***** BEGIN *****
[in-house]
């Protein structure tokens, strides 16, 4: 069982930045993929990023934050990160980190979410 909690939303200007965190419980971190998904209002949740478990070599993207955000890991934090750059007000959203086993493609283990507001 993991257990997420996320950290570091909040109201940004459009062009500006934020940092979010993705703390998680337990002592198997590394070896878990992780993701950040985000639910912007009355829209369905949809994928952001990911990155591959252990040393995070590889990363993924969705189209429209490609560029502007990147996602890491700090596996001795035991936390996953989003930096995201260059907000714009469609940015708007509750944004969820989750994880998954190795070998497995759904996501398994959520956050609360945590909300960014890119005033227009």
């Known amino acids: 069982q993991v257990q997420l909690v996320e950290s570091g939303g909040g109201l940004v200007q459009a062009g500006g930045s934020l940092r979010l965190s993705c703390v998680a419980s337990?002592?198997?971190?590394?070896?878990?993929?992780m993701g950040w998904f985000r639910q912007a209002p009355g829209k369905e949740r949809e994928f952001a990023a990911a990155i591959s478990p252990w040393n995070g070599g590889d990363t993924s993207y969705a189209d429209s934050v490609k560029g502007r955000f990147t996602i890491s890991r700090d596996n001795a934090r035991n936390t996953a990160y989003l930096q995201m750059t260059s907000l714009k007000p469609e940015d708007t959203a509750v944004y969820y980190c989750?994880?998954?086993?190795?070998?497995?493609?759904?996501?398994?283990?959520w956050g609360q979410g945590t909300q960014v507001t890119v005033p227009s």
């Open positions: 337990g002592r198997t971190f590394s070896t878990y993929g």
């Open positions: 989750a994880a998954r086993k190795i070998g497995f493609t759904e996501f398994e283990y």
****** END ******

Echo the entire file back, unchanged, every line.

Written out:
[in-house]
């Protein structure tokens, strides 16, 4: 069982930045993929990023934050990160980190979410 909690939303200007965190419980971190998904209002949740478990070599993207955000890991934090750059007000959203086993493609283990507001 993991257990997420996320950290570091909040109201940004459009062009500006934020940092979010993705703390998680337990002592198997590394070896878990992780993701950040985000639910912007009355829209369905949809994928952001990911990155591959252990040393995070590889990363993924969705189209429209490609560029502007990147996602890491700090596996001795035991936390996953989003930096995201260059907000714009469609940015708007509750944004969820989750994880998954190795070998497995759904996501398994959520956050609360945590909300960014890119005033227009």
């Known amino acids: 069982q993991v257990q997420l909690v996320e950290s570091g939303g909040g109201l940004v200007q459009a062009g500006g930045s934020l940092r979010l965190s993705c703390v998680a419980s337990?002592?198997?971190?590394?070896?878990?993929?992780m993701g950040w998904f985000r639910q912007a209002p009355g829209k369905e949740r949809e994928f952001a990023a990911a990155i591959s478990p252990w040393n995070g070599g590889d990363t993924s993207y969705a189209d429209s934050v490609k560029g502007r955000f990147t996602i890491s890991r700090d596996n001795a934090r035991n936390t996953a990160y989003l930096q995201m750059t260059s907000l714009k007000p469609e940015d708007t959203a509750v944004y969820y980190c989750?994880?998954?086993?190795?070998?497995?493609?759904?996501?398994?283990?959520w956050g609360q979410g945590t909300q960014v507001t890119v005033p227009s």
């Open positions: 337990g002592r198997t971190f590394s070896t878990y993929g």
């Open positions: 989750a994880a998954r086993k190795i070998g497995f493609t759904e996501f398994e283990y």